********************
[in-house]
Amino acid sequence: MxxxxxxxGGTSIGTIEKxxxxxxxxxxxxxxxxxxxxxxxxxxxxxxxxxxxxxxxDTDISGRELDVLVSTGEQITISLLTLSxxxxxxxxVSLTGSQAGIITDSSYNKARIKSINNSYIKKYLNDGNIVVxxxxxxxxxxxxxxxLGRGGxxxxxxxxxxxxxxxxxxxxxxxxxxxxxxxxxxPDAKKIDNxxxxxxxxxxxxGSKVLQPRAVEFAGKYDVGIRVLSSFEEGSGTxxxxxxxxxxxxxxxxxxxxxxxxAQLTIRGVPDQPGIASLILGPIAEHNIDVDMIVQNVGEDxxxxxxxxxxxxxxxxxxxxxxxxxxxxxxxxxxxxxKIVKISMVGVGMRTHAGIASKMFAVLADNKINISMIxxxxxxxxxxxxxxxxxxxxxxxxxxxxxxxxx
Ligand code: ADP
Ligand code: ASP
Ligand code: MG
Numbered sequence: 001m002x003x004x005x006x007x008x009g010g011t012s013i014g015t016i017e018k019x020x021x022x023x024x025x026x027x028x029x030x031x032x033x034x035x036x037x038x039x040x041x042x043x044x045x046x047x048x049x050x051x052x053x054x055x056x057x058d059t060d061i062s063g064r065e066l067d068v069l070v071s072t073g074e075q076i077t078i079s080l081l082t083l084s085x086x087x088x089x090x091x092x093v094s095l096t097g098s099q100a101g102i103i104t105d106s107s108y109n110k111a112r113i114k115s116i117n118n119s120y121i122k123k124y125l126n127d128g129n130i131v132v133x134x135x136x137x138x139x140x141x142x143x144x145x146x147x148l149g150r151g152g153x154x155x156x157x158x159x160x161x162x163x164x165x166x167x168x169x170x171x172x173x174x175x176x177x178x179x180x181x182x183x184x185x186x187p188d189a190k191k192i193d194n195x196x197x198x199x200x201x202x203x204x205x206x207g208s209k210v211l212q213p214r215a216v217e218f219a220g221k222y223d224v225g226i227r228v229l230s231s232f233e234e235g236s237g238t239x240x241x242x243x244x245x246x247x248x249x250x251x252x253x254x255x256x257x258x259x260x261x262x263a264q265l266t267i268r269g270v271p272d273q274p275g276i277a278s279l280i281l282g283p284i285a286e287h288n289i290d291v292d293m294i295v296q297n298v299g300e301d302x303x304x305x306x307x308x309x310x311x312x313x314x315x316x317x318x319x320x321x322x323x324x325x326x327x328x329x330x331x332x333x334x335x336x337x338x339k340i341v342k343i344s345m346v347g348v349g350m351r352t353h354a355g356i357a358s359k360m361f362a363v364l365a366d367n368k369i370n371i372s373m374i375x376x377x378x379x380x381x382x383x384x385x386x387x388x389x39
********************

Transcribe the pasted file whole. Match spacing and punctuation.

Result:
[in-house]
Amino acid sequence: MxxxxxxxGGTSIGTIEKxxxxxxxxxxxxxxxxxxxxxxxxxxxxxxxxxxxxxxxDTDISGRELDVLVSTGEQITISLLTLSxxxxxxxxVSLTGSQAGIITDSSYNKARIKSINNSYIKKYLNDGNIVVxxxxxxxxxxxxxxxLGRGGxxxxxxxxxxxxxxxxxxxxxxxxxxxxxxxxxxPDAKKIDNxxxxxxxxxxxxGSKVLQPRAVEFAGKYDVGIRVLSSFEEGSGTxxxxxxxxxxxxxxxxxxxxxxxxAQLTIRGVPDQPGIASLILGPIAEHNIDVDMIVQNVGEDxxxxxxxxxxxxxxxxxxxxxxxxxxxxxxxxxxxxxKIVKISMVGVGMRTHAGIASKMFAVLADNKINISMIxxxxxxxxxxxxxxxxxxxxxxxxxxxxxxxxx
Ligand code: ADP
Ligand code: ASP
Ligand code: MG
Numbered sequence: 001m002x003x004x005x006x007x008x009g010g011t012s013i014g015t016i017e018k019x020x021x022x023x024x025x026x027x028x029x030x031x032x033x034x035x036x037x038x039x040x041x042x043x044x045x046x047x048x049x050x051x052x053x054x055x056x057x058d059t060d061i062s063g064r065e066l067d068v069l070v071s072t073g074e075q076i077t078i079s080l081l082t083l084s085x086x087x088x089x090x091x092x093v094s095l096t097g098s099q100a101g102i103i104t105d106s107s108y109n110k111a112r113i114k115s116i117n118n119s120y121i122k123k124y125l126n127d128g129n130i131v132v133x134x135x136x137x138x139x140x141x142x143x144x145x146x147x148l149g150r151g152g153x154x155x156x157x158x159x160x161x162x163x164x165x166x167x168x169x170x171x172x173x174x175x176x177x178x179x180x181x182x183x184x185x186x187p188d189a190k191k192i193d194n195x196x197x198x199x200x201x202x203x204x205x206x207g208s209k210v211l212q213p214r215a216v217e218f219a220g221k222y223d224v225g226i227r228v229l230s231s232f233e234e235g236s237g238t239x240x241x242x243x244x245x246x247x248x249x250x251x252x253x254x255x256x257x258x259x260x261x262x263a264q265l266t267i268r269g270v271p272d273q274p275g276i277a278s279l280i281l282g283p284i285a286e287h288n289i290d291v292d293m294i295v296q297n298v299g300e301d302x303x304x305x306x307x308x309x310x311x312x313x314x315x316x317x318x319x320x321x322x323x324x325x326x327x328x329x330x331x332x333x334x335x336x337x338x339k340i341v342k343i344s345m346v347g348v349g350m351r352t353h354a355g356i357a358s359k360m361f362a363v364l365a366d367n368k369i370n371i372s373m374i375x376x377x378x379x380x381x382x383x384x385x386x387x388x389x39